My first test is about modifying a picture of a grass seed pod against a dark jacket under flat natural light. The objective is to obliterate the detail of the jacket to pure black and then bring out the maximum detail of the seed pod. I am used to do this with the Photoshop “Levels” tool, so I am really comparing GIMP’s “Levels Tool” against Photoshop’s Levels adjustment layer. First thing is starting GIMP from the Windows 10 “All Apps” menu. That was easy after a flawless almost fully automatic install. One click of the icon brings up the default GIMP screen. The one annoying thing is that the tools and option docking screens are separate and scattered over the screen. To avoid the confusion of the background software applications showing through, I chose to run GIMP in “Single Window Mode” (To see the detail in the image on the left, and enlarge it, click on it. When you are done, hit the backspace key on your keyboard or use the “return” link above the enlarged picture)
The next step is almost self explanatory, as in File – Open – Select Directory – Select the JPG file. The file loads and displays in the centre panel. Notice the detail in the almost black fuzzy jacket. The individual cloth loops show, and the seed pod colour is a bit flat.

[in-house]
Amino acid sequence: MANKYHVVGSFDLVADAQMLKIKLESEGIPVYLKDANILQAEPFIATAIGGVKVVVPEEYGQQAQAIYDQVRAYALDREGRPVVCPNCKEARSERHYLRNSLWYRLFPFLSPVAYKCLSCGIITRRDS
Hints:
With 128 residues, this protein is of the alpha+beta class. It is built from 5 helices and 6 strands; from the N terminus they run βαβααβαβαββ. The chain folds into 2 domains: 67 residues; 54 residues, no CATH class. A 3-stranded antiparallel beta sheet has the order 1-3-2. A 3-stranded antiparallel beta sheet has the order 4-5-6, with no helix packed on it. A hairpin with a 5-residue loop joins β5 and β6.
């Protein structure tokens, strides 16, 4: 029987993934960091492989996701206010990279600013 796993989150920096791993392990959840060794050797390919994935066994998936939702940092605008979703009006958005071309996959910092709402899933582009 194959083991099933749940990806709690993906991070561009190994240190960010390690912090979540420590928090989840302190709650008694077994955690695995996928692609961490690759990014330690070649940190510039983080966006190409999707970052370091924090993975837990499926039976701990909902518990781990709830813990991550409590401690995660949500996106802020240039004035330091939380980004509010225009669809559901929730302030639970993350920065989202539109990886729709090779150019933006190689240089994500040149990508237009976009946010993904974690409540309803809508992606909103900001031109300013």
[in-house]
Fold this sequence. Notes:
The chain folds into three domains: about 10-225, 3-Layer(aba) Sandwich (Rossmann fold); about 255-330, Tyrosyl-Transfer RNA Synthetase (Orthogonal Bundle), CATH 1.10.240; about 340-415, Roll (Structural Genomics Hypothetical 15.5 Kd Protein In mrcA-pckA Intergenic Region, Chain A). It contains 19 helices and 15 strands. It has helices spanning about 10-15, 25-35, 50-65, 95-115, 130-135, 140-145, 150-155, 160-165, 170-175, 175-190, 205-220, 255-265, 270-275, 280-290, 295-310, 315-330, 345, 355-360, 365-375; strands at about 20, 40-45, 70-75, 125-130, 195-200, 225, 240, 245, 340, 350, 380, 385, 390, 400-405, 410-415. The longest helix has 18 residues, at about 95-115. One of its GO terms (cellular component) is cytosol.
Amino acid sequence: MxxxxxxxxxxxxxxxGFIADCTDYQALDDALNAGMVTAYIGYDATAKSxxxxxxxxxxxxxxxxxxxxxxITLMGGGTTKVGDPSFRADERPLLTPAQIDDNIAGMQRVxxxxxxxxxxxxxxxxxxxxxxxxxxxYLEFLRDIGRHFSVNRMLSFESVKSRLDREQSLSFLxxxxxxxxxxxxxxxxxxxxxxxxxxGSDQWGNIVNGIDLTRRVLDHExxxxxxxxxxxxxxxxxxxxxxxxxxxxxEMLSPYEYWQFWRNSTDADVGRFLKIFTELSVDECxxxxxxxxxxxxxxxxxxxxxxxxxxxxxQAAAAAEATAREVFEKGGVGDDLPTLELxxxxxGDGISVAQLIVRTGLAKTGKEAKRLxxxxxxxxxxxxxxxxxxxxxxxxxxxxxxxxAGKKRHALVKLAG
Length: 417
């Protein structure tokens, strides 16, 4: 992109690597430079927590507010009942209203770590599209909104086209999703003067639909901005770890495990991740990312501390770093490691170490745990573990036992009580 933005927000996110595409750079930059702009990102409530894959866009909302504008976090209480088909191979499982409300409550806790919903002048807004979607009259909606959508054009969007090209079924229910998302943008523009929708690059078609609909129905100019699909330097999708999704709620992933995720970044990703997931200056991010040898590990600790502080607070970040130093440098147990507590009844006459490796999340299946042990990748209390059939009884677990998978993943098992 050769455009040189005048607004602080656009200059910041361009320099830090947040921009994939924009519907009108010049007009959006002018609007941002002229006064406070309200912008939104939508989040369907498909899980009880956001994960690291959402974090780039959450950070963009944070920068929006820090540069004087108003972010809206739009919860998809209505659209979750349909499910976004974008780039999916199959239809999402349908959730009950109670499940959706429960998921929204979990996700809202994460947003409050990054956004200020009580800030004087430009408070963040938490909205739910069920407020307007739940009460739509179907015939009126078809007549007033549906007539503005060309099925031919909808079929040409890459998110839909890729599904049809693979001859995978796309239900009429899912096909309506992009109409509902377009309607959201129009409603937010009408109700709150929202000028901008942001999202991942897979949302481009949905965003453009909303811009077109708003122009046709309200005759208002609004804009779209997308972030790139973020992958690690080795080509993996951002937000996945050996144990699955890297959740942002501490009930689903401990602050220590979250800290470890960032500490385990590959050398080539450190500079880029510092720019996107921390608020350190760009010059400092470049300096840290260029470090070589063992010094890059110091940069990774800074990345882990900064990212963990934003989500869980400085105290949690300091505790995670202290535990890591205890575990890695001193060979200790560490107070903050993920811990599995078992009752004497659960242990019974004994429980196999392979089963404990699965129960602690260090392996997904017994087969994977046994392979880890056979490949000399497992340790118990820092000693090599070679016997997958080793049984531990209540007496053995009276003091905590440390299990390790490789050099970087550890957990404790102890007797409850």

Now we select from the top menu “Colors”. Here you will find the colour adjustment tools for photography. I select the “Levels” tool, which allows me to set the black and white cut-off points, and allows me to give more “weight” to the light or dark area of the remaining histogram.
This picture explains what happens with the sliders on the Levels tool. You can really see the dramatic results in the black background, and the “livening-up” of the seed pod. By moving the black slider at the bottom of the histogram to the right, all the dark colours left of the slider become pure black, obliterating the detail in the fuzzy jacket. On the very right of the histogram there are virtually no light colours, so we can slide the white slider to the left to the point where the first light colours register on the histogram. By sliding the middle slider to the left we lighten mainly the seed pod and adjust it to get maximum detail in the mid-tones.
One peculiarity with GIMP is that “Save As” option in the “File” menu, does not give you the usual photographic format options, such as JPG, JPEG, TIFF, GIF etc. You have to select “Export As”. Below are the full JPG files if you want to compare the before and after in detail.
So far I am quite impressed.